British beef and Belgian beer: Carbonnade flamande

As our culinary whistle stop tour of Europe pulled into Belgium, we cast our memories back to 2011 when we spent three nights in Brussels (with a day in Bruges).

70 Grand Place Brussels

On our first night there, we were lucky enough to find a fantastic little restaurant called Raphael where we sampled some traditional Belgian dishes like waterzooi and carbonnade flamande. The carbonnade was a highlight but one that was sadly not matched by our ill-chosen dinner on the ‘tourist strip’ the following night. However, Raphael’s version was so good that it was a dish that we were excited about trying to recreate.

69 Raphael carbonnade

Internet research caused us to realise that there are many variations of the recipe. Mustard, bay and thyme (as well as beef and beer) should be common to all, but bacon and sometimes mushrooms are apparently optional. We used our trusty Larousse Gastronomique, the classic French guide to all things culinary, to provide us with the following recipe (with a tweak or two).

Carbonnade Flamande

1 kg chuck steak, cut into strips
2 tbsp oil
2 tbsp butter (oil/butter can be substituted with 4 tbsp lard if preferred)
300g onions, sliced
30g butter
30g flour
750ml Belgian beer (we used Leffe, but anything similar would work equally well)
1 tsp mustard
1/4 tsp brown sugar
3 tbsp beef stock
Bouquet garni
Salt and pepper

1. Heat the oil and butter in a heavy based casserole dish and brown the meat in batches over a high heat, then remove it from the pot. Add a dash more oil to the pot and fry the onions until golden. Remove the onions.
2. Make a brown roux with the butter and flour and then slowly add the beer. Add the mustard and brown sugar to the mixture.
3. Deglaze the pan with the beef stock and a dash of the beer before returning the sealed beef and onions to the pan. Add the beer mixture and bouquet garni and season.
4. Stir well and simmer on a low heat for two and a half hours, stirring occasionally.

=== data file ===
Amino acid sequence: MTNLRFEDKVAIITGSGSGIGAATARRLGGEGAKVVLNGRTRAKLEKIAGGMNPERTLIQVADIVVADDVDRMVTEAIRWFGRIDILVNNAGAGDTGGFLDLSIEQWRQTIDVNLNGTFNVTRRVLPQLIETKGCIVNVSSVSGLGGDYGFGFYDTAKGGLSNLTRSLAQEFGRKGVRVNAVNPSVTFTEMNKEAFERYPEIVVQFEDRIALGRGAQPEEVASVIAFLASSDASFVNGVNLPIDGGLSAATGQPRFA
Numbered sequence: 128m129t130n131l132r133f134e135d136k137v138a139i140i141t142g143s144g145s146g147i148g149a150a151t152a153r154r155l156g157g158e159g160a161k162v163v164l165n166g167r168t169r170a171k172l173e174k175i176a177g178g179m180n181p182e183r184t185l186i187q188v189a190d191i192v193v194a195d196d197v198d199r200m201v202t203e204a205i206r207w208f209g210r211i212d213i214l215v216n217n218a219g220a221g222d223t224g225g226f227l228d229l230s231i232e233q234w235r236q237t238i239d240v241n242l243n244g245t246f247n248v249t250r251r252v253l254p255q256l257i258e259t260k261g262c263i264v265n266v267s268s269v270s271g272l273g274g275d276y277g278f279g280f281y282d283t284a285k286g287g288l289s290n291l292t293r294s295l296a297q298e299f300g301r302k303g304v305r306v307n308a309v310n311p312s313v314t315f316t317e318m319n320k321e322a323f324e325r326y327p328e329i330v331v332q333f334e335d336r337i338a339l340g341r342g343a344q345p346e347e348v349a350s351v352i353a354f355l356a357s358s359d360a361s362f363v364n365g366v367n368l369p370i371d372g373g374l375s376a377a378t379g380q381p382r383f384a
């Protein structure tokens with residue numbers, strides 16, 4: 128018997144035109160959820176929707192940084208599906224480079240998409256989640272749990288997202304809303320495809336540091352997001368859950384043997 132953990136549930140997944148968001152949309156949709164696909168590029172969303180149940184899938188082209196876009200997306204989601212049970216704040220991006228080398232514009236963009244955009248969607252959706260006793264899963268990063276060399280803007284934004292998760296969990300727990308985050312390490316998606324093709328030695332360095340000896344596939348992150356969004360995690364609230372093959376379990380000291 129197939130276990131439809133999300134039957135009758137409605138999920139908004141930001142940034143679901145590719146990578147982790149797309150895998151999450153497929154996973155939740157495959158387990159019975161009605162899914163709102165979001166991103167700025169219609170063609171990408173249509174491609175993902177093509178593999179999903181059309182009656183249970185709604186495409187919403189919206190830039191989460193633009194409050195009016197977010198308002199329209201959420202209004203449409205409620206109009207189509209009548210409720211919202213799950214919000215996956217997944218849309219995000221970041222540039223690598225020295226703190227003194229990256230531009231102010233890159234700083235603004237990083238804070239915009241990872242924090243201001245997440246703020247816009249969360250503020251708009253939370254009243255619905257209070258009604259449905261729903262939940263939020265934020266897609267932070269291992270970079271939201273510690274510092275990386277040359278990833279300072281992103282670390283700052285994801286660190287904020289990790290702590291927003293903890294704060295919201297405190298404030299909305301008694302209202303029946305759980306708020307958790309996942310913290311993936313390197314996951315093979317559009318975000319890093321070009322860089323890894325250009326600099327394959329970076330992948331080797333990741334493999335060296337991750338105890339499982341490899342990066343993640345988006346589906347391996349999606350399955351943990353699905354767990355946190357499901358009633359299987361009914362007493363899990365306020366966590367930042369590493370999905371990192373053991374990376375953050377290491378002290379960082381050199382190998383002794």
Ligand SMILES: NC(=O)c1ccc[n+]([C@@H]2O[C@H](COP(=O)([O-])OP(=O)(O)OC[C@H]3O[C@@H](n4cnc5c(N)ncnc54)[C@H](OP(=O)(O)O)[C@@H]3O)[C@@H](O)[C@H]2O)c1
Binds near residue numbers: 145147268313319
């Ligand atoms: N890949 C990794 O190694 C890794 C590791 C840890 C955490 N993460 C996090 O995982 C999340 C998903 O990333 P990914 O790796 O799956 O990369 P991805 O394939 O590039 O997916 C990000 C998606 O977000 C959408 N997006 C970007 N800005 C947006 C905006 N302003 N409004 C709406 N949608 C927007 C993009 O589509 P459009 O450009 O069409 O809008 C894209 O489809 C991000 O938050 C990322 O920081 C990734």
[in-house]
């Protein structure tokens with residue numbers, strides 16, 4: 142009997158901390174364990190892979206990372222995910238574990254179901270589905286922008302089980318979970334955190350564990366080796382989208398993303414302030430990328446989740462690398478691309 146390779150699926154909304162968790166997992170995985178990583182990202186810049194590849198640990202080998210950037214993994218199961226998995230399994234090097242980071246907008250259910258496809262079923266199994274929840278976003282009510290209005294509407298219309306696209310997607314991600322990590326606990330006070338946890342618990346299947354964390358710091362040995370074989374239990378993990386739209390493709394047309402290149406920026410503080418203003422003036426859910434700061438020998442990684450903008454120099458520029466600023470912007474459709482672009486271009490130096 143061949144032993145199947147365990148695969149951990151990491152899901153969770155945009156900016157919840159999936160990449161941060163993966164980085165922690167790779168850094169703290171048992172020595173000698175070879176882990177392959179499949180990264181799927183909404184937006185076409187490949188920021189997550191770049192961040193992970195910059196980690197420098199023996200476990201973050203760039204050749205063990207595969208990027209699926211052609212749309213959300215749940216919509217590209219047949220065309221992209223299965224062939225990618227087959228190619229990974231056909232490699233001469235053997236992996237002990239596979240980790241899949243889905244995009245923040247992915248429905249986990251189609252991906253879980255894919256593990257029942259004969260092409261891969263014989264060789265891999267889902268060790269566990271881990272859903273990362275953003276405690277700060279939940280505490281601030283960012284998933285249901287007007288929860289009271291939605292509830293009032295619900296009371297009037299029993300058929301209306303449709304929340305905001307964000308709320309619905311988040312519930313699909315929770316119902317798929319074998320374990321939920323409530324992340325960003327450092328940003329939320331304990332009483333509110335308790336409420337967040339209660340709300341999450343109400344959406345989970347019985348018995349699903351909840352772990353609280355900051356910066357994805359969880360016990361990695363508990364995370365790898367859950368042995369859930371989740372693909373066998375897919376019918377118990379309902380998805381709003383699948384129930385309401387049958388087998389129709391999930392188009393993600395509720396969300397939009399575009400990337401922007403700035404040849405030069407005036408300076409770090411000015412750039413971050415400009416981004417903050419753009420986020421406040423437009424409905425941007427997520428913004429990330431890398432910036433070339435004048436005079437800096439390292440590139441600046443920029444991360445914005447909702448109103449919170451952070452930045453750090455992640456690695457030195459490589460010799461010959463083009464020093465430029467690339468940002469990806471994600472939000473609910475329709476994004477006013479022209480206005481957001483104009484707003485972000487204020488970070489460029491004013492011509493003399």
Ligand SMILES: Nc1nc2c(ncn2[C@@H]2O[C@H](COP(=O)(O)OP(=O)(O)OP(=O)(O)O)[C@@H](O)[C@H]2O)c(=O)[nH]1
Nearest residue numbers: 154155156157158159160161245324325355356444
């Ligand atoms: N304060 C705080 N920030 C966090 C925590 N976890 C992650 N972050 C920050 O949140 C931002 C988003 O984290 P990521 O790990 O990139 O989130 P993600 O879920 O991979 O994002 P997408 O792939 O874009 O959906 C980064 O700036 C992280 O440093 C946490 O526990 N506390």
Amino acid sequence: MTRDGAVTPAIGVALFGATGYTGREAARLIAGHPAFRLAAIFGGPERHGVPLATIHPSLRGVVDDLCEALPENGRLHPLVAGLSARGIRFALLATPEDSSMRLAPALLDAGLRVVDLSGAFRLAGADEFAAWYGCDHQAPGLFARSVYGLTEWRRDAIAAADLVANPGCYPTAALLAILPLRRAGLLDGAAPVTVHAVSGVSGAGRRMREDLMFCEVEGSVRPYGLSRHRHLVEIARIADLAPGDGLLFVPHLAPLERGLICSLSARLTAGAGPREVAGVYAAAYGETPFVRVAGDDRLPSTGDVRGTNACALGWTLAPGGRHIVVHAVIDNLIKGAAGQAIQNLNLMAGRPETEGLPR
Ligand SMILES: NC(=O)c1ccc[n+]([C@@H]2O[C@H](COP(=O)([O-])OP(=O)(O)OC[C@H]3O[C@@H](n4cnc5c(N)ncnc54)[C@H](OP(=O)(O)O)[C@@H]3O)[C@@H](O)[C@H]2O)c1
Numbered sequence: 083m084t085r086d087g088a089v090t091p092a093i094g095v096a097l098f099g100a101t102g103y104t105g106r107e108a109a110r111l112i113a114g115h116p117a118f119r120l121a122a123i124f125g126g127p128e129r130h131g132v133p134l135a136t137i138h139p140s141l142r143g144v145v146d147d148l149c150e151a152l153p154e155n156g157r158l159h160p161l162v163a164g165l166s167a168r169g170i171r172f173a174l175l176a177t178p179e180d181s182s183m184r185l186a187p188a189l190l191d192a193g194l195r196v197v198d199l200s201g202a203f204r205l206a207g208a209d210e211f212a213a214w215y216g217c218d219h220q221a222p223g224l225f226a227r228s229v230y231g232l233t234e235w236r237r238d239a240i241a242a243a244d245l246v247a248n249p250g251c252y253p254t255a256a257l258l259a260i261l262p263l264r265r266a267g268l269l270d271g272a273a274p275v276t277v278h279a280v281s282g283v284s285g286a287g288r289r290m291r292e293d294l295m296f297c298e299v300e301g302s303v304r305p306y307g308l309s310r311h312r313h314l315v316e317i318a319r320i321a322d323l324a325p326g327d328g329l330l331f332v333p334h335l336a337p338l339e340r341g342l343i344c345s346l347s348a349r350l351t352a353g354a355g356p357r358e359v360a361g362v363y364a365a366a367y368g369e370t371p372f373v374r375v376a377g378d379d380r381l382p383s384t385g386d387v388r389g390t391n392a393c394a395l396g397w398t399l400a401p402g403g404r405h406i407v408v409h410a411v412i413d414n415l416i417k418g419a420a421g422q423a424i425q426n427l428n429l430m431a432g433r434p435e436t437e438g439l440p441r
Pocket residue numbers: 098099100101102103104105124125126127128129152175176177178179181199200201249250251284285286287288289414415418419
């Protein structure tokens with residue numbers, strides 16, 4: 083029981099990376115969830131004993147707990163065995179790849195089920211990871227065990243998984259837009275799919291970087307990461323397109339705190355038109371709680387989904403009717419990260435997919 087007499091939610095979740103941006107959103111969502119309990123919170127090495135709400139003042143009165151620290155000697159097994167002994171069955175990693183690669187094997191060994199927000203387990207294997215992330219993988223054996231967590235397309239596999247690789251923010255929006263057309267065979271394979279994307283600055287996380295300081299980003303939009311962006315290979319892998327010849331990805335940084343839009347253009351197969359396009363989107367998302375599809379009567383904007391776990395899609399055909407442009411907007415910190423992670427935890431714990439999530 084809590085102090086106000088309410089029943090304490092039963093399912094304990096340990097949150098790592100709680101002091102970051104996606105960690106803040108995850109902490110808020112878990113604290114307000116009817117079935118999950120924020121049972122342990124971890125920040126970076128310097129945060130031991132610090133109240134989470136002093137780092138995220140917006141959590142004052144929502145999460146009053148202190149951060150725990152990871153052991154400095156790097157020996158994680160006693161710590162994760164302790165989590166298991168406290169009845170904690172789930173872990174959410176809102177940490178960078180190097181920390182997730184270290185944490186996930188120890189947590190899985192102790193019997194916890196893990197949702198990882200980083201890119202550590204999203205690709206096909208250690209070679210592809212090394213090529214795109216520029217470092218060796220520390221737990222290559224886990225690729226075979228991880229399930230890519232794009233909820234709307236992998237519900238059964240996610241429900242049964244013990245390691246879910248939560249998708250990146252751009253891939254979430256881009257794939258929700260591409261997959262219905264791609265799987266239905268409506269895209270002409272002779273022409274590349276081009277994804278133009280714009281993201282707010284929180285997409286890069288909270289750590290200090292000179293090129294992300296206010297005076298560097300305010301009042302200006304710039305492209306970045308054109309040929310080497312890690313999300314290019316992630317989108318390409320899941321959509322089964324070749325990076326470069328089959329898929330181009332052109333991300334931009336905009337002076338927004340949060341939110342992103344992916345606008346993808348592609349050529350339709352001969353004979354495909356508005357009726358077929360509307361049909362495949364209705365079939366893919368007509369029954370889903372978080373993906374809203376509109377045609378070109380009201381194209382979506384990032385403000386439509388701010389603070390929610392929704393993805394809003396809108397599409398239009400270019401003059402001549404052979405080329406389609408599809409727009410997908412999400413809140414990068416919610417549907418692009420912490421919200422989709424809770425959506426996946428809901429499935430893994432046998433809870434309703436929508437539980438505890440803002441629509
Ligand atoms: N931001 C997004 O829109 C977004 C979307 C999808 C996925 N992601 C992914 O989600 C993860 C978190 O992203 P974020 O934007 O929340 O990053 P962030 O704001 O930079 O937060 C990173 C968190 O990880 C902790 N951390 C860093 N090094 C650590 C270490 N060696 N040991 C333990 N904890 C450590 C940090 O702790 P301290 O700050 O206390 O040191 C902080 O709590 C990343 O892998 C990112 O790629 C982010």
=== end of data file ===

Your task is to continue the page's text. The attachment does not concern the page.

5. Serve with fries and salad. (Mashed potato or even noodles, apparently, would work instead of fries.)



All that cooking time gave us the opportunity to sit, relax and enjoy some Belgian beer: there are many good quality options available in England (although they may take some finding if your local supermarkets are anything like ours). Miranda, who doesn’t normally enjoy beer, developed a taste for Belgian fruit beer whilst in Brussels. Cherry, or ‘kriek’, is a particular favourite, though strawberry, raspberry and peach have also been enjoyed. Ash’s parents were staying with us this weekend so his mum was introduced to cherry beer too and seemed pleased with the results!

Carbonnade is a rich, tender beef stew that goes well with crisp, salty fries and is balanced by the fresh acidity of a salad. It’s definitely a dish to be repeated (as is a trip to Belgium, an excellent country for a weekend break). And although it maybe didn’t quite live up to the magic of the Raphael carbonnade, we think we managed to recreate it fairly well.

Carbonnade, chips and salad

We finished the meal with coffee, good conversation and, of course, a few squares of Belgian chocolate.

Next on the list is another country known for its beer, as well as pretzels, lederhosen and efficiency: Deutschland. See you there.

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